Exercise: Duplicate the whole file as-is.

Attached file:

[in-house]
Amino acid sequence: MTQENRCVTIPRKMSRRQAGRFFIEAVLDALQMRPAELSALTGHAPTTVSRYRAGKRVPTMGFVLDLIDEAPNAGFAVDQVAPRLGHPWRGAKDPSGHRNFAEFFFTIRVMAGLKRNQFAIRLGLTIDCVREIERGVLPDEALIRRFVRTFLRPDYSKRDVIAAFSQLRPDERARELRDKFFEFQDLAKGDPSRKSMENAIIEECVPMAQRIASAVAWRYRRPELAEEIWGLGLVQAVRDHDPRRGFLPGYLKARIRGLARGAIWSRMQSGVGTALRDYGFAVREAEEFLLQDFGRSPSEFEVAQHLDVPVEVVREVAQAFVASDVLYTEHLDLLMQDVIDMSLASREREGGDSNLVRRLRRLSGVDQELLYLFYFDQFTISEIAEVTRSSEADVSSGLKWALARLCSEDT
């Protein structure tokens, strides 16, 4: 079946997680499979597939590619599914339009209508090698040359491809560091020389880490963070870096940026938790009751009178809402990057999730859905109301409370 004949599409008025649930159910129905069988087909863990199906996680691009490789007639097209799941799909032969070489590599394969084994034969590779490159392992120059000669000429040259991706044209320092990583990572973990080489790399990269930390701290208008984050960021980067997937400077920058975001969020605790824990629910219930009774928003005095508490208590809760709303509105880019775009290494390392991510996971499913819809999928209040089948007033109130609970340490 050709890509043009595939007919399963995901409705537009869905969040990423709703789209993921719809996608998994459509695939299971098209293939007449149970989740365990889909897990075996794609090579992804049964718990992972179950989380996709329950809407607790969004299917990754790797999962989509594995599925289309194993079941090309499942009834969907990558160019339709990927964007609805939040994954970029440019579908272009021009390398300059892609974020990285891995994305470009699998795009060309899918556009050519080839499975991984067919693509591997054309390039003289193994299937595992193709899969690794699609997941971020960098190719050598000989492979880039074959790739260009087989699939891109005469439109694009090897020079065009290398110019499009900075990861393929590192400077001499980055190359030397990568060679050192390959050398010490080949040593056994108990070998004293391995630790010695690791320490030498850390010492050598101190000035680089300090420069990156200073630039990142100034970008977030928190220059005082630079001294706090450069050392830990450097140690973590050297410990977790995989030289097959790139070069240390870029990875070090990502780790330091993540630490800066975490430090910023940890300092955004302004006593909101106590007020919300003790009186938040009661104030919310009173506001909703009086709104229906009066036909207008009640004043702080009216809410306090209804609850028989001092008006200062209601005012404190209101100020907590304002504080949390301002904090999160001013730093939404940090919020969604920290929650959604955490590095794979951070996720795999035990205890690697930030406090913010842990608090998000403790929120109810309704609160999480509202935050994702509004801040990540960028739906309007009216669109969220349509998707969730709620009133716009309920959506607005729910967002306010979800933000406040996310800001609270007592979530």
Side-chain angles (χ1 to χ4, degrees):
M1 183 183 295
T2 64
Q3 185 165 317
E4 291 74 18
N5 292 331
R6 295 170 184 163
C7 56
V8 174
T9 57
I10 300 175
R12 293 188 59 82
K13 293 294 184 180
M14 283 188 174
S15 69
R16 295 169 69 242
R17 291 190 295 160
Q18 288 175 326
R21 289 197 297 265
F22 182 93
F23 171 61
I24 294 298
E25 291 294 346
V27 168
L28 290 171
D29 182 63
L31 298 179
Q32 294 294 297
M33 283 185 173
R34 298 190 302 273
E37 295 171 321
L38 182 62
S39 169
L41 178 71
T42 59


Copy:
[in-house]
Amino acid sequence: MTQENRCVTIPRKMSRRQAGRFFIEAVLDALQMRPAELSALTGHAPTTVSRYRAGKRVPTMGFVLDLIDEAPNAGFAVDQVAPRLGHPWRGAKDPSGHRNFAEFFFTIRVMAGLKRNQFAIRLGLTIDCVREIERGVLPDEALIRRFVRTFLRPDYSKRDVIAAFSQLRPDERARELRDKFFEFQDLAKGDPSRKSMENAIIEECVPMAQRIASAVAWRYRRPELAEEIWGLGLVQAVRDHDPRRGFLPGYLKARIRGLARGAIWSRMQSGVGTALRDYGFAVREAEEFLLQDFGRSPSEFEVAQHLDVPVEVVREVAQAFVASDVLYTEHLDLLMQDVIDMSLASREREGGDSNLVRRLRRLSGVDQELLYLFYFDQFTISEIAEVTRSSEADVSSGLKWALARLCSEDT
């Protein structure tokens, strides 16, 4: 079946997680499979597939590619599914339009209508090698040359491809560091020389880490963070870096940026938790009751009178809402990057999730859905109301409370 004949599409008025649930159910129905069988087909863990199906996680691009490789007639097209799941799909032969070489590599394969084994034969590779490159392992120059000669000429040259991706044209320092990583990572973990080489790399990269930390701290208008984050960021980067997937400077920058975001969020605790824990629910219930009774928003005095508490208590809760709303509105880019775009290494390392991510996971499913819809999928209040089948007033109130609970340490 050709890509043009595939007919399963995901409705537009869905969040990423709703789209993921719809996608998994459509695939299971098209293939007449149970989740365990889909897990075996794609090579992804049964718990992972179950989380996709329950809407607790969004299917990754790797999962989509594995599925289309194993079941090309499942009834969907990558160019339709990927964007609805939040994954970029440019579908272009021009390398300059892609974020990285891995994305470009699998795009060309899918556009050519080839499975991984067919693509591997054309390039003289193994299937595992193709899969690794699609997941971020960098190719050598000989492979880039074959790739260009087989699939891109005469439109694009090897020079065009290398110019499009900075990861393929590192400077001499980055190359030397990568060679050192390959050398010490080949040593056994108990070998004293391995630790010695690791320490030498850390010492050598101190000035680089300090420069990156200073630039990142100034970008977030928190220059005082630079001294706090450069050392830990450097140690973590050297410990977790995989030289097959790139070069240390870029990875070090990502780790330091993540630490800066975490430090910023940890300092955004302004006593909101106590007020919300003790009186938040009661104030919310009173506001909703009086709104229906009066036909207008009640004043702080009216809410306090209804609850028989001092008006200062209601005012404190209101100020907590304002504080949390301002904090999160001013730093939404940090919020969604920290929650959604955490590095794979951070996720795999035990205890690697930030406090913010842990608090998000403790929120109810309704609160999480509202935050994702509004801040990540960028739906309007009216669109969220349509998707969730709620009133716009309920959506607005729910967002306010979800933000406040996310800001609270007592979530």
Side-chain angles (χ1 to χ4, degrees):
M1 183 183 295
T2 64
Q3 185 165 317
E4 291 74 18
N5 292 331
R6 295 170 184 163
C7 56
V8 174
T9 57
I10 300 175
R12 293 188 59 82
K13 293 294 184 180
M14 283 188 174
S15 69
R16 295 169 69 242
R17 291 190 295 160
Q18 288 175 326
R21 289 197 297 265
F22 182 93
F23 171 61
I24 294 298
E25 291 294 346
V27 168
L28 290 171
D29 182 63
L31 298 179
Q32 294 294 297
M33 283 185 173
R34 298 190 302 273
E37 295 171 321
L38 182 62
S39 169
L41 178 71
T42 59